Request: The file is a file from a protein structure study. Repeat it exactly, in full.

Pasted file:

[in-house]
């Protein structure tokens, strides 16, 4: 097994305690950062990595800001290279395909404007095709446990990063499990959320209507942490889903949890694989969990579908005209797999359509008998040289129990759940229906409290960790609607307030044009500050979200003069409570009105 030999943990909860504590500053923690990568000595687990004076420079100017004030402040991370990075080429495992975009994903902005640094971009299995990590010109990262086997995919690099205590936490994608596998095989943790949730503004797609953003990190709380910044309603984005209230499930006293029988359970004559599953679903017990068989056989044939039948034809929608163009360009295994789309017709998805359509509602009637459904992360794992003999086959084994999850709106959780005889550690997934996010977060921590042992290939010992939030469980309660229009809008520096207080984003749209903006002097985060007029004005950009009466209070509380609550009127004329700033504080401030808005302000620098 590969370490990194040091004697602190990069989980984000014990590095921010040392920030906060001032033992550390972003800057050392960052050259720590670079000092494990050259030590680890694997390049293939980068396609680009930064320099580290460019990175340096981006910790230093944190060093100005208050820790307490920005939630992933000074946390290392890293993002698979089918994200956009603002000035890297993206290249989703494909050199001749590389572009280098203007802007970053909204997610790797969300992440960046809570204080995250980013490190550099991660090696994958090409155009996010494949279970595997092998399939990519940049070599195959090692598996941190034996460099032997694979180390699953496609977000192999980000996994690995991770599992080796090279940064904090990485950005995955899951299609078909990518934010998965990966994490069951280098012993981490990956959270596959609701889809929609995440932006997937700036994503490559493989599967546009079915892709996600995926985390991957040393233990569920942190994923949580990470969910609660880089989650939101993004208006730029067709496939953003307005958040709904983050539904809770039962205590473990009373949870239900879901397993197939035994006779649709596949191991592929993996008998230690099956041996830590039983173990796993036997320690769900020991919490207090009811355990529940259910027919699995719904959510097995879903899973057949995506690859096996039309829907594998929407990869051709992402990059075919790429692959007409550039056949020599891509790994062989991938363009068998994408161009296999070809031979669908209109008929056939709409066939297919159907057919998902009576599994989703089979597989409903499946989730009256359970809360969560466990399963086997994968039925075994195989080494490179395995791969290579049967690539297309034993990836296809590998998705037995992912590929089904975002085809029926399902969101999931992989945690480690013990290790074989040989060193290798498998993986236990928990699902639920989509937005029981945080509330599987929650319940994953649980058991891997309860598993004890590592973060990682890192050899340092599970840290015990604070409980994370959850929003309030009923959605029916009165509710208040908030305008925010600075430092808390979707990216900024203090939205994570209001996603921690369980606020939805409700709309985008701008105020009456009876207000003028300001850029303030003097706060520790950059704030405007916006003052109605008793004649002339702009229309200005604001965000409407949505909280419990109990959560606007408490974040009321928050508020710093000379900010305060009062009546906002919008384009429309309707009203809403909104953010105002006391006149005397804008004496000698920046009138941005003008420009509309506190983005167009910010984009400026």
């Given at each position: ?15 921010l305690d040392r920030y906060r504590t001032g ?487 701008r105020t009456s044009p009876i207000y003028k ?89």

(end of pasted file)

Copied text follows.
[in-house]
């Protein structure tokens, strides 16, 4: 097994305690950062990595800001290279395909404007095709446990990063499990959320209507942490889903949890694989969990579908005209797999359509008998040289129990759940229906409290960790609607307030044009500050979200003069409570009105 030999943990909860504590500053923690990568000595687990004076420079100017004030402040991370990075080429495992975009994903902005640094971009299995990590010109990262086997995919690099205590936490994608596998095989943790949730503004797609953003990190709380910044309603984005209230499930006293029988359970004559599953679903017990068989056989044939039948034809929608163009360009295994789309017709998805359509509602009637459904992360794992003999086959084994999850709106959780005889550690997934996010977060921590042992290939010992939030469980309660229009809008520096207080984003749209903006002097985060007029004005950009009466209070509380609550009127004329700033504080401030808005302000620098 590969370490990194040091004697602190990069989980984000014990590095921010040392920030906060001032033992550390972003800057050392960052050259720590670079000092494990050259030590680890694997390049293939980068396609680009930064320099580290460019990175340096981006910790230093944190060093100005208050820790307490920005939630992933000074946390290392890293993002698979089918994200956009603002000035890297993206290249989703494909050199001749590389572009280098203007802007970053909204997610790797969300992440960046809570204080995250980013490190550099991660090696994958090409155009996010494949279970595997092998399939990519940049070599195959090692598996941190034996460099032997694979180390699953496609977000192999980000996994690995991770599992080796090279940064904090990485950005995955899951299609078909990518934010998965990966994490069951280098012993981490990956959270596959609701889809929609995440932006997937700036994503490559493989599967546009079915892709996600995926985390991957040393233990569920942190994923949580990470969910609660880089989650939101993004208006730029067709496939953003307005958040709904983050539904809770039962205590473990009373949870239900879901397993197939035994006779649709596949191991592929993996008998230690099956041996830590039983173990796993036997320690769900020991919490207090009811355990529940259910027919699995719904959510097995879903899973057949995506690859096996039309829907594998929407990869051709992402990059075919790429692959007409550039056949020599891509790994062989991938363009068998994408161009296999070809031979669908209109008929056939709409066939297919159907057919998902009576599994989703089979597989409903499946989730009256359970809360969560466990399963086997994968039925075994195989080494490179395995791969290579049967690539297309034993990836296809590998998705037995992912590929089904975002085809029926399902969101999931992989945690480690013990290790074989040989060193290798498998993986236990928990699902639920989509937005029981945080509330599987929650319940994953649980058991891997309860598993004890590592973060990682890192050899340092599970840290015990604070409980994370959850929003309030009923959605029916009165509710208040908030305008925010600075430092808390979707990216900024203090939205994570209001996603921690369980606020939805409700709309985008701008105020009456009876207000003028300001850029303030003097706060520790950059704030405007916006003052109605008793004649002339702009229309200005604001965000409407949505909280419990109990959560606007408490974040009321928050508020710093000379900010305060009062009546906002919008384009429309309707009203809403909104953010105002006391006149005397804008004496000698920046009138941005003008420009509309506190983005167009910010984009400026």
């Given at each position: ?15 921010l305690d040392r920030y906060r504590t001032g ?487 701008r105020t009456s044009p009876i207000y003028k ?89």